Behind Illinois. Behind Minnesota. For Indiana, for Pennsylvania, for New York, for Wisconsin, for Ohio.
And not for long. The latter is a lot.
These Great Lakes states have invested an average of $ 6,000 per student over the past 20 years. Michigan’s average investment during this time among students at public universities is $ 4,500. This is a 30 percent gap between Michigan and the states with which we regularly fight for talent, jobs and economic growth.
Do you know where else Michigan is behind? College graduates. The U.S. Census Bureau reports that Michigan is in the bottom third of states for a bachelor’s degree, and only 28 percent of all residents over the age of 25 have at least a bachelor’s degree. The national average is 34 percent. This is a big gap. The future economic health of Michigan and the U.S. economy depends on an educated workforce with high-tech skills that are in demand by employers from Ford and GM, Kellogg and Steelcase, Microsoft and Google.
This is a crisis and we need to fix it. By us I mean politicians of our state, teachers, parents, relatives and friends. We need to invest in the next generation of high school graduates to protect them from those economic shocks that many of us have experienced. During the last recession, high school graduates had an unemployment rate above 17 percent, while only 8 percent of college graduates were unemployed.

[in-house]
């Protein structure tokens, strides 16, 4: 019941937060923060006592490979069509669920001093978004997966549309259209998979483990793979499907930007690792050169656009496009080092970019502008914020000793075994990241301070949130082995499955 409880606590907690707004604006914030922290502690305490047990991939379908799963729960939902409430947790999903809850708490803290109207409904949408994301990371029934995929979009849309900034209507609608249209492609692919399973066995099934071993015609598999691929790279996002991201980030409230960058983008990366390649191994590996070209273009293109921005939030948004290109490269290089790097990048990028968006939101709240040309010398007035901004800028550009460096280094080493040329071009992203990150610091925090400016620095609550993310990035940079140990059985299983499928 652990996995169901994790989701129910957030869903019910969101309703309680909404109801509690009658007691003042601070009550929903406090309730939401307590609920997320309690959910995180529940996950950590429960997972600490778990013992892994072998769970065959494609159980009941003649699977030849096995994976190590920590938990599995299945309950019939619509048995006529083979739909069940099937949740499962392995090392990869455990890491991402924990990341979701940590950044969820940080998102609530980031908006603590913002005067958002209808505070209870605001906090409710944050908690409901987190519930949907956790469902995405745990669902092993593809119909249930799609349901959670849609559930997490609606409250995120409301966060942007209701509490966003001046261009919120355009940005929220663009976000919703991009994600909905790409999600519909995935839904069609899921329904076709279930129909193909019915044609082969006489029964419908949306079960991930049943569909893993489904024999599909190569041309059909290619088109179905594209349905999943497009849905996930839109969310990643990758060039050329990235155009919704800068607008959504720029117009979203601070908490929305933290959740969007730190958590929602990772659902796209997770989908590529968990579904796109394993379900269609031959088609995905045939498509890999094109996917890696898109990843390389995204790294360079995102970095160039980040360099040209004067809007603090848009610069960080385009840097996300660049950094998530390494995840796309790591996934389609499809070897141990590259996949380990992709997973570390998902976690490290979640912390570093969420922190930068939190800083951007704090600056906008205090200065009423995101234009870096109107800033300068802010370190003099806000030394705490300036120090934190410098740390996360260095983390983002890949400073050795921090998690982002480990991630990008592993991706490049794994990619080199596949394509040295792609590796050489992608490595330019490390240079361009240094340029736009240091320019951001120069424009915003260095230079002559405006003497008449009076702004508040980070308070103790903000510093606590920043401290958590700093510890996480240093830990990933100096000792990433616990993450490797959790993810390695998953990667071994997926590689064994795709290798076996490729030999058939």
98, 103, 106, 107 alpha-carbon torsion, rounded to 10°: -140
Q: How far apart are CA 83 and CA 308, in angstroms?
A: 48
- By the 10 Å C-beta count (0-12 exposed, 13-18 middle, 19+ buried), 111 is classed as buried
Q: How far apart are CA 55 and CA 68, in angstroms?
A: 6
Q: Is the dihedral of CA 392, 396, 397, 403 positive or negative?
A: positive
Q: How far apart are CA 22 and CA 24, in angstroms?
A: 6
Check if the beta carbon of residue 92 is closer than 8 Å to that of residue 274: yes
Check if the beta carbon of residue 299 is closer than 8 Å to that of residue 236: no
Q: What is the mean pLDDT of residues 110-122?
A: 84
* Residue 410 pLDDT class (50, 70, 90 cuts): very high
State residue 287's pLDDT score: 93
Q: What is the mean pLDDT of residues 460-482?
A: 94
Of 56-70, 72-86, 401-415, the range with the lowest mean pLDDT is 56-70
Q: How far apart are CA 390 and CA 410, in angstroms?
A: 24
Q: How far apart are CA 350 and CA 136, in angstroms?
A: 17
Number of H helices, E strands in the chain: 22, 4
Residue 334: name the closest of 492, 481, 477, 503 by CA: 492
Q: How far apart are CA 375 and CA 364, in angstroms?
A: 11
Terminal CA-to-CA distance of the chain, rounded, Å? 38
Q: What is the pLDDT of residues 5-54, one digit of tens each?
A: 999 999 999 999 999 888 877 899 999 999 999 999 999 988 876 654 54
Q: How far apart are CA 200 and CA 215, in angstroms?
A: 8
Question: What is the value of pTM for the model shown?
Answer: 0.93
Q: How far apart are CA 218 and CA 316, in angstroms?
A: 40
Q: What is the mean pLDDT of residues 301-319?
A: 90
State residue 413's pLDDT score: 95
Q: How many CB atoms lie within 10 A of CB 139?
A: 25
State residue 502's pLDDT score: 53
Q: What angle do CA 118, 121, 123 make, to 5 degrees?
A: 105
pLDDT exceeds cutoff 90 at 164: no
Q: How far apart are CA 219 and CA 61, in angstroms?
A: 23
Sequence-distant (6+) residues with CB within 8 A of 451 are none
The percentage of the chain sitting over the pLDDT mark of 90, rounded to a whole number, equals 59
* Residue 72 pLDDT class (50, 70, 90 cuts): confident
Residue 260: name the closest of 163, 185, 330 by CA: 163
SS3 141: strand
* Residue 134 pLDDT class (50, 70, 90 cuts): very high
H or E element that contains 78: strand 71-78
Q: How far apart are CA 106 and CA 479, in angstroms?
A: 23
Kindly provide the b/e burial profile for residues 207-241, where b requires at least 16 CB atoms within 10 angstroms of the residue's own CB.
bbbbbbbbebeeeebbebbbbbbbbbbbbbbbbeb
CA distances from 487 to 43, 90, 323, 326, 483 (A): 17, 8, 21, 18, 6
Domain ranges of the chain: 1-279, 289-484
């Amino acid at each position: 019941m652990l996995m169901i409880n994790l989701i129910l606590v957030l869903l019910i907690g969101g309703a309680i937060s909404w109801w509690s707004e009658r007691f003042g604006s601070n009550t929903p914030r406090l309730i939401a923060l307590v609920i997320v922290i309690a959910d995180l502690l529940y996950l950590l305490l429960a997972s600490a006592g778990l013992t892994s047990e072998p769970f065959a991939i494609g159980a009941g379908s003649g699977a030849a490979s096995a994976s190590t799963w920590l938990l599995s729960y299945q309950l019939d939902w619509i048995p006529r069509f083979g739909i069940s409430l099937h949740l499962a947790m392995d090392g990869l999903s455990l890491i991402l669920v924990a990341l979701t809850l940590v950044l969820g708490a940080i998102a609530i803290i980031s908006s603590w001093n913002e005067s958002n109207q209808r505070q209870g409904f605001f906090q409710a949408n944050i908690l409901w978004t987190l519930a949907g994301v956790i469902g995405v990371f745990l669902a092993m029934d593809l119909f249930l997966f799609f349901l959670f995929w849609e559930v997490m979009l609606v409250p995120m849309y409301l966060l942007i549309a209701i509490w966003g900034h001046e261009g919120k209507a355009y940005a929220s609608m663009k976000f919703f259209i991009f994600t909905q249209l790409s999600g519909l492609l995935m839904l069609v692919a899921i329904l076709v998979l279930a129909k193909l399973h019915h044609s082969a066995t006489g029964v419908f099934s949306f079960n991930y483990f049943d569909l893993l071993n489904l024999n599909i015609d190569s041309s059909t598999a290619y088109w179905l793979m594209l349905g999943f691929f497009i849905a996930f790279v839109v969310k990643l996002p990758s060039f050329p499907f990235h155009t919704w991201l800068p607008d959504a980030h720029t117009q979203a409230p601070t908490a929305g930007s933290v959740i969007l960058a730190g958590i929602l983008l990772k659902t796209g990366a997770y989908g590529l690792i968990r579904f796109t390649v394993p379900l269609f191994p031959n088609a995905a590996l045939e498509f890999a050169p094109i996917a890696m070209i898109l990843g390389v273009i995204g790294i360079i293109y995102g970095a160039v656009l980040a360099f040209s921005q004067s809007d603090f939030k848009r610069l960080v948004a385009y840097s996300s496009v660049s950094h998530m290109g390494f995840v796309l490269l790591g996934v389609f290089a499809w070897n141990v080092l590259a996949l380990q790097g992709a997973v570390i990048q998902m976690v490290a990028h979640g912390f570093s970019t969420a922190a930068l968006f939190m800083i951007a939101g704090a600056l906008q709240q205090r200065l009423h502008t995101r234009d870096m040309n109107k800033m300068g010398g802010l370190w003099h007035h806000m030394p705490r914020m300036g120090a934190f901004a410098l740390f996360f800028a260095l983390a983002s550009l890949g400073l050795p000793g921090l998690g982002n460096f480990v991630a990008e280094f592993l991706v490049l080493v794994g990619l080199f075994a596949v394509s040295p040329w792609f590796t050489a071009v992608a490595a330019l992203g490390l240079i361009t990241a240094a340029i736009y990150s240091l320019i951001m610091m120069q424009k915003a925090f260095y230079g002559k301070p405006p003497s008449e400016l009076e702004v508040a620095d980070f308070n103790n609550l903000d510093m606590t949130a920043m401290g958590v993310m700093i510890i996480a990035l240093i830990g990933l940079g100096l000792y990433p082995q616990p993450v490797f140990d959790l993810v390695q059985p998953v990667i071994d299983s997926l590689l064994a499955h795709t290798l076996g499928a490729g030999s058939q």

We also need to invest in adults who aspire to get a degree and a better job. After all, the average salary of those with a bachelor’s degree is 59 percent higher than the salary of those who have just graduated from high school. In Michigan, 80 percent of the lowest-paying jobs are held by people with higher education and fewer – and there are fewer and fewer such jobs every year.
The transformation of the automotive industry and the revival of high-tech manufacturing in the United States present a unique opportunity. But we must act now. It’s no secret that employers find a place where skilled talent is available. But with insufficient investment in higher education, we are sending a signal to the next generation that college is not a priority.
Over the past 20 years, nearly $ 1 billion in equivalent has been removed from state-funded universities. Students and families had to gain slack, pay more out of pocket. Instead of helping families who want to send their children to college, the lack of support from the state has led to a widening gap between those who have funds and those who do not.
It’s time to reverse this trend. This year, Governor Gretchen Whitmer proposed the most reliable allocation of universities in decades. She also recommended the five lowest-funded regional campuses receive additional government assistance to bring their funding in line with their admissions.
Michigan has huge opportunities for its next economic revival. The latest announcements from Michigan’s Central Innovation District and the nation’s first public wireless electric car charging system in Detroit show the state’s assets and potential. However, Michigan cannot realize this enormous potential while the latter in investing in education. We need an educated workforce so we can compete and win in the new economy. Only then will we be able to attract new and high-tech jobs to our state.
We need to invest in our collective future. We need to invest in Michigan.